Open Face Salmon Salad Sandwich


Awhile back, I bought several cans of healthy wild Alaskan salmon at Costco. Yesterday, I finally decided to use it and made a salmon salad. Instead of using regular bread, I chose brioche toasts, which has fewer calories than bread. I reduced the amount of calories by substituting half the mayonnaise with plain nonfat Greek yogurt. Crunchy sliced cucumber took the place of lettuce. This is a delicious and light meal to whip up during the busy work week. For those who follow my blog, you know that my husband is a finicky eater and he gave me a thumbs up!


  • 1 (6 ounce) can wild Alaskan salmon
  • 2 tablespoons organic mayonnaise
  • 2 tablespoons organic plain nonfat Greek yogurt
  • 5 slices of Trader Joe’s Organic Sweet Bread and Butter Pickles, finely chopped
  • 2 tablespoons red onion, finely chopped
  • Sea salt
  • Freshly ground pepper
  • 6 Trader Jacques’ Brioche Toasts
  • 24 sliced cucumbers (enough to cover the brioche toast)
  • Parsley for garnish



  1. In a medium bowl, break-up salmon with a fork. Add mayonnaise, yogurt, pickles and onion and mix well. Salt and pepper to taste.
  2. Place 4 cucumber slices on top of the brioche, add enough salmon salad to cover the toast. Garnish with parsley. Repeat 5 more times. Makes 6 open face sandwiches.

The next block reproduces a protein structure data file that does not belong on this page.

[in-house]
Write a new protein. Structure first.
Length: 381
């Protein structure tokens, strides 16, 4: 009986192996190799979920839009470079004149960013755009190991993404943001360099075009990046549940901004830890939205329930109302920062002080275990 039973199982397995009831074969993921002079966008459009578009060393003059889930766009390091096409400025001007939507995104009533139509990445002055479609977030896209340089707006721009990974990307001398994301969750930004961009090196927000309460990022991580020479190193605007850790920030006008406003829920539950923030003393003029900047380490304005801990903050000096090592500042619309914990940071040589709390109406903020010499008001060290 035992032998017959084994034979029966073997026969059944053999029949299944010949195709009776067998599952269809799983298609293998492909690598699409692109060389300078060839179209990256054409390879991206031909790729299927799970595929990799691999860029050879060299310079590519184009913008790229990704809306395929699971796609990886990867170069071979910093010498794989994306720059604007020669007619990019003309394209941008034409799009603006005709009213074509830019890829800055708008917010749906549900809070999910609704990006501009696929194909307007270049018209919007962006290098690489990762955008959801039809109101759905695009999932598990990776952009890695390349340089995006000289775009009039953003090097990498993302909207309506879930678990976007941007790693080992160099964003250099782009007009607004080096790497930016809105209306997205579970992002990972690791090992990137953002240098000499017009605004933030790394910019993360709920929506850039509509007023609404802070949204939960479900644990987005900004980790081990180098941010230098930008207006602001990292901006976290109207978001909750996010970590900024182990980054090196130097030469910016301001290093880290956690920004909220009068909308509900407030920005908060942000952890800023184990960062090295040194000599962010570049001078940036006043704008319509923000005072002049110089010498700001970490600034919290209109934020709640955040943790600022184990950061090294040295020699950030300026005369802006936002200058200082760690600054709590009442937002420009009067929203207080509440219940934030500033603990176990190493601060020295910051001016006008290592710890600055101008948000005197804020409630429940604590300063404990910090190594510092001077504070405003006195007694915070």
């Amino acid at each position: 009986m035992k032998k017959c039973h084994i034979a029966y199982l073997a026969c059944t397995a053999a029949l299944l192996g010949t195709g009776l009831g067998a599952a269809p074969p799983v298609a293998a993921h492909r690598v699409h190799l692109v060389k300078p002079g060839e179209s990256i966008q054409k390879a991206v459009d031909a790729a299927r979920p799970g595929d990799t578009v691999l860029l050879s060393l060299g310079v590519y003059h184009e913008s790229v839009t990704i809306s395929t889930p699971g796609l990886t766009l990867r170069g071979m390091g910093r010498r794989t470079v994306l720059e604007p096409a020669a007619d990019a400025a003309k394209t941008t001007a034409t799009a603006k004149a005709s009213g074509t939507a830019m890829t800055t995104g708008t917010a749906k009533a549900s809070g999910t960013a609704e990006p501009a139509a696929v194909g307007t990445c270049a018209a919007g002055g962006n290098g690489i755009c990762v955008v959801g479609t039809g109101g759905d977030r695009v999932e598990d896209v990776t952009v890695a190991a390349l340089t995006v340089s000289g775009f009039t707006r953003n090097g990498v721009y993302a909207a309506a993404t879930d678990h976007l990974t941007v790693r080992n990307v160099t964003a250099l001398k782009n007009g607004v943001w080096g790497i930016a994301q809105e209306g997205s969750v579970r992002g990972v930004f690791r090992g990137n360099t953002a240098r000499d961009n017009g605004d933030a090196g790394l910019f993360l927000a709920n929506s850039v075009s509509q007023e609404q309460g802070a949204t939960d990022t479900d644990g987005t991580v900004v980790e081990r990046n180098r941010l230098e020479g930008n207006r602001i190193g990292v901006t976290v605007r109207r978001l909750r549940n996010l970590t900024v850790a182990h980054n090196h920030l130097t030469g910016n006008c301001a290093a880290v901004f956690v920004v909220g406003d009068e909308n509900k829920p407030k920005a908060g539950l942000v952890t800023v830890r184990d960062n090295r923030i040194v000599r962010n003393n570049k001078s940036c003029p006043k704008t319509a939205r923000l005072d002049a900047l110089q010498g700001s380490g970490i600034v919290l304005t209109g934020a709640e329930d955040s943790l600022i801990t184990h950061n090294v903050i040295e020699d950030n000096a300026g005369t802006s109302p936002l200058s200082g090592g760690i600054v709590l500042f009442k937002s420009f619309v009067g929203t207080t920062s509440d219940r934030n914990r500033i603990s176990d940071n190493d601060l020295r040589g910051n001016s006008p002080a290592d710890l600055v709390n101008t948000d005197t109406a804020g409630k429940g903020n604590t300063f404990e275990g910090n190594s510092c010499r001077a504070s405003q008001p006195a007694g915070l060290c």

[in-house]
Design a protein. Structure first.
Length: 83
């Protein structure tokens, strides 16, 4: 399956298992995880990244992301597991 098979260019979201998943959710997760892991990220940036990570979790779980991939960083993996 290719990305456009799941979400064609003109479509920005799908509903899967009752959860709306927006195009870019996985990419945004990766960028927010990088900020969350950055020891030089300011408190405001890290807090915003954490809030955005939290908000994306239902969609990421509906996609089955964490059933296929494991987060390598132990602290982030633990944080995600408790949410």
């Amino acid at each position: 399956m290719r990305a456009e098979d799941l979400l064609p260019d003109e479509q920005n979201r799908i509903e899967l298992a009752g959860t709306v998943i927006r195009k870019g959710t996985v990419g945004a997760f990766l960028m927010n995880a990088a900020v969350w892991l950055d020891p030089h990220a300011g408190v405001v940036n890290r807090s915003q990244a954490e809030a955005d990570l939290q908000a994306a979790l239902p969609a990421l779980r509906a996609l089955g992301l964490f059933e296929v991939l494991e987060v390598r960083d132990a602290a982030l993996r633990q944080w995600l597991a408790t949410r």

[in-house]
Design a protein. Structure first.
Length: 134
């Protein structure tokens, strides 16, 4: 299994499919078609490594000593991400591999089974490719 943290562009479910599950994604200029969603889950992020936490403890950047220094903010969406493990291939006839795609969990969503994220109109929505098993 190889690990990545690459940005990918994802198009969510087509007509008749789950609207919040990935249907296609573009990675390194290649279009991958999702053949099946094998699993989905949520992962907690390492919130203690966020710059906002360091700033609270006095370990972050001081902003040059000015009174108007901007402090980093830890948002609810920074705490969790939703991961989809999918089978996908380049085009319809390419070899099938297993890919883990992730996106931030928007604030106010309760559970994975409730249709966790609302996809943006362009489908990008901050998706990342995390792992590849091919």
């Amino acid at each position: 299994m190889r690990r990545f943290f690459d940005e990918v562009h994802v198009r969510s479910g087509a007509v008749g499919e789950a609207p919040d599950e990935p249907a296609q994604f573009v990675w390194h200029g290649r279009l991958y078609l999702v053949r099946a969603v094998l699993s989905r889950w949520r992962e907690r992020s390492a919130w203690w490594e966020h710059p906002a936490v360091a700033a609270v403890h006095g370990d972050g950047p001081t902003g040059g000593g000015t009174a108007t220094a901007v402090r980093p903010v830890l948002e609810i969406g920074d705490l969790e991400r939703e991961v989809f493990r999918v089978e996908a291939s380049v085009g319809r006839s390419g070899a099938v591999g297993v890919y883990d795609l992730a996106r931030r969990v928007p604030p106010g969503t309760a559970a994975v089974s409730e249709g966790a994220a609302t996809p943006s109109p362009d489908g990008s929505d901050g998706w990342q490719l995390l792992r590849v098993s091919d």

Should I Eat Canned Fish?


I have to admit that this topic makes my head spin. This is such a controversial subject that every individual needs to make his or her own decision. Do the benefits outweigh the risks of eating canned fish? I am just sharing some information with you to consider. When in doubt, you should seek the advice of your physician.

First, I want to address a group of people, who are at a higher risk for health issues associated with mercury. In a brochure published by the U.S.D.A., “What You Need to Know About Mercury in Fish and Shellfish,”* women who are or may become pregnant, nursing mothers and young children should follow these guidelines to avoid their exposure to the harmful effects of mercury:

  • Fish to avoid entirely are shark, swordfish, king mackerel, and tilefish, because they have high levels of mercury.
  • Eat no more than 12 ounces (2 meals) a week of a variety of fish and shellfish. Fish that are low in mercury are shrimp, canned light tuna, wild Alaskan salmon, pollock, and catfish. Albacore tuna should be limited to one 6 ounce serving a week.
  • “Check local advisories about the safety of fish caught by family and friends in your local lakes, rivers, and coastal areas.”

When researching canned salmon, the following things were always mentioned:

  • Canned salmon is an excellent or good choice.
  • It is less expensive than fresh or frozen.
  • All canned salmon is wild, but check label for place or origin. Fish from Alaska is recommended.

This is what I found out about canned tuna:

  • “Light” tuna (skipjack), which contains lower levels of mercury, is the one that was recommended.